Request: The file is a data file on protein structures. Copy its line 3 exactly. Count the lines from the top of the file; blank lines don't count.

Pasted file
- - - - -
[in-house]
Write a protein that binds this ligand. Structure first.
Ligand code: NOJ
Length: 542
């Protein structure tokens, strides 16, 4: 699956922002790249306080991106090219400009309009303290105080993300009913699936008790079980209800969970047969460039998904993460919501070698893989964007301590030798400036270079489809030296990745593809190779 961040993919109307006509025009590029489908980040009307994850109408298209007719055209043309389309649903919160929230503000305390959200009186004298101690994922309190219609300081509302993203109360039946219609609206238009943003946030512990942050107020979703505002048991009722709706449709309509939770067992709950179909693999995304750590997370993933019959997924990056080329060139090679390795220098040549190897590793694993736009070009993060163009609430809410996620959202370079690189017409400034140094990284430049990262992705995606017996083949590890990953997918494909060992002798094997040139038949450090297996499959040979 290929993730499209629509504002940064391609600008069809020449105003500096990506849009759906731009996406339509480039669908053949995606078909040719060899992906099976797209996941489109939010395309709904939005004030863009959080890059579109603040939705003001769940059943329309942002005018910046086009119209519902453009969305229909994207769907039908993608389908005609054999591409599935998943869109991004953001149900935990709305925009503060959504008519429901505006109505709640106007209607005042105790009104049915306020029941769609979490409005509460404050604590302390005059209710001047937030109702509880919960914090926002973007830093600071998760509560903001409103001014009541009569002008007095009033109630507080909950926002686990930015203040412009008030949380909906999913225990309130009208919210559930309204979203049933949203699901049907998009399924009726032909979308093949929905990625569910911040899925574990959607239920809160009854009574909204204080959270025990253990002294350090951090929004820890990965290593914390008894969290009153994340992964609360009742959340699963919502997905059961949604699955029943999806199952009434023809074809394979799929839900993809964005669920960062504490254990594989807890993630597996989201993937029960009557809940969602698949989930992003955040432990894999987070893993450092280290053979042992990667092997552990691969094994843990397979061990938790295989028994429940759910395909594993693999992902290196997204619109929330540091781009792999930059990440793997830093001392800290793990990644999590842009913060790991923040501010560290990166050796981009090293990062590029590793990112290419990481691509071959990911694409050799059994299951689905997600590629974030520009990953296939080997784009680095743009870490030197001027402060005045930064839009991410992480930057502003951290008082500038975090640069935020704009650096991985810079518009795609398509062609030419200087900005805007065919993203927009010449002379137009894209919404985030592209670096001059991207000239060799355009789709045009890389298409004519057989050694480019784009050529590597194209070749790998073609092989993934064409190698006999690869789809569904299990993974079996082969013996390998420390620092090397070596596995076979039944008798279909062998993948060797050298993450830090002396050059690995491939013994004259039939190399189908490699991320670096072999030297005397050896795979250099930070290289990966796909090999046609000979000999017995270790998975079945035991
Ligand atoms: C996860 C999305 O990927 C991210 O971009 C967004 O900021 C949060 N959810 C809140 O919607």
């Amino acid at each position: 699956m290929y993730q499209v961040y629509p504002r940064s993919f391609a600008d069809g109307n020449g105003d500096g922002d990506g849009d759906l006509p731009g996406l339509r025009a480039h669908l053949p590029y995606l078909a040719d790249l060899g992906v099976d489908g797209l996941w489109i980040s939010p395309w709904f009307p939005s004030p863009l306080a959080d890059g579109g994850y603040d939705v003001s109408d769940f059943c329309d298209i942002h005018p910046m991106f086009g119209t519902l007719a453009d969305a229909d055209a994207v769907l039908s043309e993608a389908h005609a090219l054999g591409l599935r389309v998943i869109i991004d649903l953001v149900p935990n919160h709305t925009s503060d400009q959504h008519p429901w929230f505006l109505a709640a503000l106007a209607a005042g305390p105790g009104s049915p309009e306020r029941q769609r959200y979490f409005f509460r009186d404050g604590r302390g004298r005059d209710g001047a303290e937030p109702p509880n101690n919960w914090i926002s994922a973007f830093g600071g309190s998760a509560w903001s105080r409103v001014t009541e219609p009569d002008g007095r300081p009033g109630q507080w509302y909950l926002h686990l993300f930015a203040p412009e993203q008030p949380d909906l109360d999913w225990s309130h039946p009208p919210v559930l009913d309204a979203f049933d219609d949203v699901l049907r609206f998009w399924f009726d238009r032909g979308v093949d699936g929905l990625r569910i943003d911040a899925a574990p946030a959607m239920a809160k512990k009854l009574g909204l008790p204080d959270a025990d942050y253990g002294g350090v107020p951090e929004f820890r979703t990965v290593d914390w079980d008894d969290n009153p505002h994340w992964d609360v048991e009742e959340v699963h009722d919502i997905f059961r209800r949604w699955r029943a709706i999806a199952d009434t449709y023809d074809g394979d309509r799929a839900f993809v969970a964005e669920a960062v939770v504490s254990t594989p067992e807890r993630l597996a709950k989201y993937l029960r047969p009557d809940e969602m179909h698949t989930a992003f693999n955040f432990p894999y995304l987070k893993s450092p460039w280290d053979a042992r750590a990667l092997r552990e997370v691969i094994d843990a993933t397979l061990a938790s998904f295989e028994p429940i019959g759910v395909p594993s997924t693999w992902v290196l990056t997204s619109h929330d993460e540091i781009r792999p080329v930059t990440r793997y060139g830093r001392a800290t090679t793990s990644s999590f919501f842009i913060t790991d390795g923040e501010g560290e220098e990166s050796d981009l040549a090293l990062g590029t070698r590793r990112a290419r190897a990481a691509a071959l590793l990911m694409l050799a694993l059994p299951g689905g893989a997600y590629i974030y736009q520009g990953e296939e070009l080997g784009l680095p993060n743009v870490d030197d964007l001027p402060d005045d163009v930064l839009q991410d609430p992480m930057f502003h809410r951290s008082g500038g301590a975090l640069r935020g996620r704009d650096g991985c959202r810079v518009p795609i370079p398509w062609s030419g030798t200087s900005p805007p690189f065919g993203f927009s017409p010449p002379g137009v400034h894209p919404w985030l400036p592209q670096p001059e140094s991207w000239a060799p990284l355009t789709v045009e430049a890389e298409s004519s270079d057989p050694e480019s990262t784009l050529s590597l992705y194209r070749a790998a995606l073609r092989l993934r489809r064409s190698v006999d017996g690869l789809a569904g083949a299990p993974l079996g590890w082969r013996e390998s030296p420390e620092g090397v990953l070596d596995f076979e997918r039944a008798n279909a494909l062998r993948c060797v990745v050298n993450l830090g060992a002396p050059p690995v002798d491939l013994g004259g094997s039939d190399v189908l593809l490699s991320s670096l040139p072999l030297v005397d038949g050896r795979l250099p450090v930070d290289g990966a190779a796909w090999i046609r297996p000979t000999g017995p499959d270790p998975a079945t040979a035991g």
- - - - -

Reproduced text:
Ligand code: NOJ